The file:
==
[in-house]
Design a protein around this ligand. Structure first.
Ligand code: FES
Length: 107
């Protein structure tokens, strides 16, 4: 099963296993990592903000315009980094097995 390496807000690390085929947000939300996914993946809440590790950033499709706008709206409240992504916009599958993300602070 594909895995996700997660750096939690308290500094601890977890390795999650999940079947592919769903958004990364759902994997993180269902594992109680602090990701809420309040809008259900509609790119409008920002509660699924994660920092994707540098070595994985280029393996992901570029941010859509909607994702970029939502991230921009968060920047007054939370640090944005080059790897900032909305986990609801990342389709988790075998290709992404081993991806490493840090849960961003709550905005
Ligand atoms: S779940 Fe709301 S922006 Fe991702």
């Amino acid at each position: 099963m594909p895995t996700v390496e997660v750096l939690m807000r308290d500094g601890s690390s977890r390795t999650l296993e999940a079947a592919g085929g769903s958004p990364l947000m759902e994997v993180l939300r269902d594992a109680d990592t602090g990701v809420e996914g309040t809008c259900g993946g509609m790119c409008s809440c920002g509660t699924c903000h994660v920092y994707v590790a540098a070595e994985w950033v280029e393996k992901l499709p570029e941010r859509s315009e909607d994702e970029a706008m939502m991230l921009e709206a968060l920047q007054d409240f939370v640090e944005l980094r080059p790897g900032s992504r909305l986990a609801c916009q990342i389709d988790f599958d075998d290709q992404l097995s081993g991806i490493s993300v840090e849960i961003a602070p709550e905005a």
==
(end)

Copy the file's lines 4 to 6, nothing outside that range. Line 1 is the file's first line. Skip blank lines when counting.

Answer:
Length: 107
């Protein structure tokens, strides 16, 4: 099963296993990592903000315009980094097995 390496807000690390085929947000939300996914993946809440590790950033499709706008709206409240992504916009599958993300602070 594909895995996700997660750096939690308290500094601890977890390795999650999940079947592919769903958004990364759902994997993180269902594992109680602090990701809420309040809008259900509609790119409008920002509660699924994660920092994707540098070595994985280029393996992901570029941010859509909607994702970029939502991230921009968060920047007054939370640090944005080059790897900032909305986990609801990342389709988790075998290709992404081993991806490493840090849960961003709550905005
Ligand atoms: S779940 Fe709301 S922006 Fe991702």